Reinhard Ploss has been the chief executive officer of Infineon since 2012. The German firm makes semi-conductors and other components for the IT sector.
In his office at the Infineon headquarters in Neubiberg near Munich, his smartphone suddenly rings and Mr. Ploss jumps up to get it. Only two people would call that number, he says: His wife or his model aircraft dealer. It’s the latter. The 59-year-old is an enthusiastic pilot of miniature helicopters, but today the interview takes priority and he quickly gets down to business.
Handelsblatt: Mr. Ploss, everyone is talking about the “Internet of Things,” the idea of placing computer chips in almost anything – from fridges to cows – to hook them up to the web. At the National IT Summit in Hamburg this week you plan to demonstrate to the German chancellor in just three minutes how data needs to be protected in this environment. It’s an ambitious undertaking, don’t you think?
Mr. Ploss: Three minutes is enough to get the key message across.
And what is that?
Our exhibit shows how we communicate securely in an uncertain environment. The message I want to give the chancellor is that we have a great opportunity and the technical means to build a system in Germany with which, for example, human beings or machines can reliably identify each other in the digital network.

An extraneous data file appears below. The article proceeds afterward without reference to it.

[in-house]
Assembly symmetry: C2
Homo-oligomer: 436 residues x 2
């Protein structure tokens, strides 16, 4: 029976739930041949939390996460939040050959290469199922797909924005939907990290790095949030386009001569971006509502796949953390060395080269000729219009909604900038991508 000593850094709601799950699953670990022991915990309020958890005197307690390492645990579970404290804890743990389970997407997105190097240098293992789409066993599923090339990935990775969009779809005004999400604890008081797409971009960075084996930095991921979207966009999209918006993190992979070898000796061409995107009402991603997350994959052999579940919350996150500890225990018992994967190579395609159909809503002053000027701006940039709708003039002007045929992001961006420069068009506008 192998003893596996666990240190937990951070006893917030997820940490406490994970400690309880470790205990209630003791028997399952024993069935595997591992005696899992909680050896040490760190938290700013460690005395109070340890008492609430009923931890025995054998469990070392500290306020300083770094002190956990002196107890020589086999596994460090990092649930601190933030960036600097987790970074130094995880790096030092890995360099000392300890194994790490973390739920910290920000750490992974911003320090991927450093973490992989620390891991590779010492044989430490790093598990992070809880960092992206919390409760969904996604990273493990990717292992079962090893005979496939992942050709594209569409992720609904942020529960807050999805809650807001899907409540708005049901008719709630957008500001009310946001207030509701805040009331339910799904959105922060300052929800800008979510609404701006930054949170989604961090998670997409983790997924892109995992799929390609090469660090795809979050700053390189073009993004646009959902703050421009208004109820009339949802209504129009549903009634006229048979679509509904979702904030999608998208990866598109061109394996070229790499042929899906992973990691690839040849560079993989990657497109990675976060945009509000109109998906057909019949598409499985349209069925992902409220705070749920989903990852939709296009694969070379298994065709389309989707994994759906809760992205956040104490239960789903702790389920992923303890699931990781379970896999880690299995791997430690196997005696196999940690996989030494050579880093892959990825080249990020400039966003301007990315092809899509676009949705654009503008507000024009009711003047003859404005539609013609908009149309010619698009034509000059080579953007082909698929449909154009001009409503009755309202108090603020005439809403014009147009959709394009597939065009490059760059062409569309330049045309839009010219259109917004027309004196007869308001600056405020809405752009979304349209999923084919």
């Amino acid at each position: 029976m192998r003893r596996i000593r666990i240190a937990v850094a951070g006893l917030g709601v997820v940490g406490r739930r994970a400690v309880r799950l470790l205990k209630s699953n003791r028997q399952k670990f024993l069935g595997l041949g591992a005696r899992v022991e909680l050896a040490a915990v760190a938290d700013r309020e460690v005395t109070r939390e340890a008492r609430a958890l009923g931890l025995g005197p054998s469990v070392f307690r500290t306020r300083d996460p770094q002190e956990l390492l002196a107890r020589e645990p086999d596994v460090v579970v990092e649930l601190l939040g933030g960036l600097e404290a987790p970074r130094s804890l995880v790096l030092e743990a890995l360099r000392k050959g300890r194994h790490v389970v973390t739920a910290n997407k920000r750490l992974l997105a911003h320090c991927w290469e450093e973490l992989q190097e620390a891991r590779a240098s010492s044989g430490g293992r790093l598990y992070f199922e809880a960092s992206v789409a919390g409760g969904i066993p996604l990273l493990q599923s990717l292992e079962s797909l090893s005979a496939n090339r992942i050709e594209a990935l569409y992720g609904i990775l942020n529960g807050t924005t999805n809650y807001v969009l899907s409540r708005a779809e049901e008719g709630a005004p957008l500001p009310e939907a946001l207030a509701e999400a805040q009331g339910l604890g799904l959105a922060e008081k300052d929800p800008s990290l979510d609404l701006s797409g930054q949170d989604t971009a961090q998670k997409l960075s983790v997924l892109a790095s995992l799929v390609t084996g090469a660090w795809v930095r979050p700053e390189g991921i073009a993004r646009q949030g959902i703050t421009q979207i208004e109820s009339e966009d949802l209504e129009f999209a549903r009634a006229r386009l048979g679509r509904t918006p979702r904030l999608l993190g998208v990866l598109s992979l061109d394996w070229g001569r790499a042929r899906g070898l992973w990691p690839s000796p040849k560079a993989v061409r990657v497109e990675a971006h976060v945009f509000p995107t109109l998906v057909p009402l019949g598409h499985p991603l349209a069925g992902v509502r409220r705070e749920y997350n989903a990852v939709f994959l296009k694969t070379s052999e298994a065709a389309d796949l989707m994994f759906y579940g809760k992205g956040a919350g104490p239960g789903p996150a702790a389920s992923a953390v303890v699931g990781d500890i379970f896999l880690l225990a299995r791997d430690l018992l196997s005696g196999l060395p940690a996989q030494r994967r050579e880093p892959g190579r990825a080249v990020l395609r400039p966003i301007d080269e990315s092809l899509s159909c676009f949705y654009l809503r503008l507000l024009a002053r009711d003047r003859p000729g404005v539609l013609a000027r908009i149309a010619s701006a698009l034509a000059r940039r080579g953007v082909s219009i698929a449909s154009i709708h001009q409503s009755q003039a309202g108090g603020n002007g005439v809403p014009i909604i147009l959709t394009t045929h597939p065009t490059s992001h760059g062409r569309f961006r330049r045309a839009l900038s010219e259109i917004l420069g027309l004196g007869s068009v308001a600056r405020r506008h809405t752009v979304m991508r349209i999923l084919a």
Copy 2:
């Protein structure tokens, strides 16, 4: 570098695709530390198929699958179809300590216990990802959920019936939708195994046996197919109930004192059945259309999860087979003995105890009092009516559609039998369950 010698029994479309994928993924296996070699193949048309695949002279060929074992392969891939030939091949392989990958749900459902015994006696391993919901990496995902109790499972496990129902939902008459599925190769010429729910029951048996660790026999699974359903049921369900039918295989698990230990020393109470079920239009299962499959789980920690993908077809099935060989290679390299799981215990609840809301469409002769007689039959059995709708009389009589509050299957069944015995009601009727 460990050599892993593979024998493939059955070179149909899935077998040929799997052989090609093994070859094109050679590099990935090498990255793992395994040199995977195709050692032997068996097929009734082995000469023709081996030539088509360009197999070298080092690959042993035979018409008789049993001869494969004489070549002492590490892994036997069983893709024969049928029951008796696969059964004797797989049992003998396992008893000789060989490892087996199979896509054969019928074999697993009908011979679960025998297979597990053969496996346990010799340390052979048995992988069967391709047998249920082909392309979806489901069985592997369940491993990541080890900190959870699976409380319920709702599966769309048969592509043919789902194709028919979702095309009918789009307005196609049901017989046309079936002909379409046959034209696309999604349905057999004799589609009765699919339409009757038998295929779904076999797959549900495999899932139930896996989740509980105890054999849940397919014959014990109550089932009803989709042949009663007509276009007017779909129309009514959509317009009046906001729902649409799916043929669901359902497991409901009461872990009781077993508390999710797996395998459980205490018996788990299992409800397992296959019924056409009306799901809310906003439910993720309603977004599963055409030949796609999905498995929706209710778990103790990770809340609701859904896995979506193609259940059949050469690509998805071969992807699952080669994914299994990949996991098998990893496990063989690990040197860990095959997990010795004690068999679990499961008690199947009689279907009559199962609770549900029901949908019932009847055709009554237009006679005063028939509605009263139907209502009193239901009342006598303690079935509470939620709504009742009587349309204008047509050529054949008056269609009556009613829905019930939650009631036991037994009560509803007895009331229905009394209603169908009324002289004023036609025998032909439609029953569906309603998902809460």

It sounds like science fiction.
No, we’re talking about the present. IT security is the prerequisite for important future issues that are being addressed today. Take, for example, the need to protect identity, business secrets and critical infrastructure such as energy supply against infiltration by hackers. That’s why it’s so important that senders and receivers of information can identify themselves. I’m talking about a sort of identity passport on the Internet.
IT security is the prerequisite for important future issues that are being addressed today.
Who could issue such a passport? And would it mean we’d have a sort of digital federal passport agency?
It doesn’t need to be an agency. An alternative would be a public-private partnership, not unlike ICANN…
…the semi-governmental organization in California that issues and administers Internet addresses worldwide.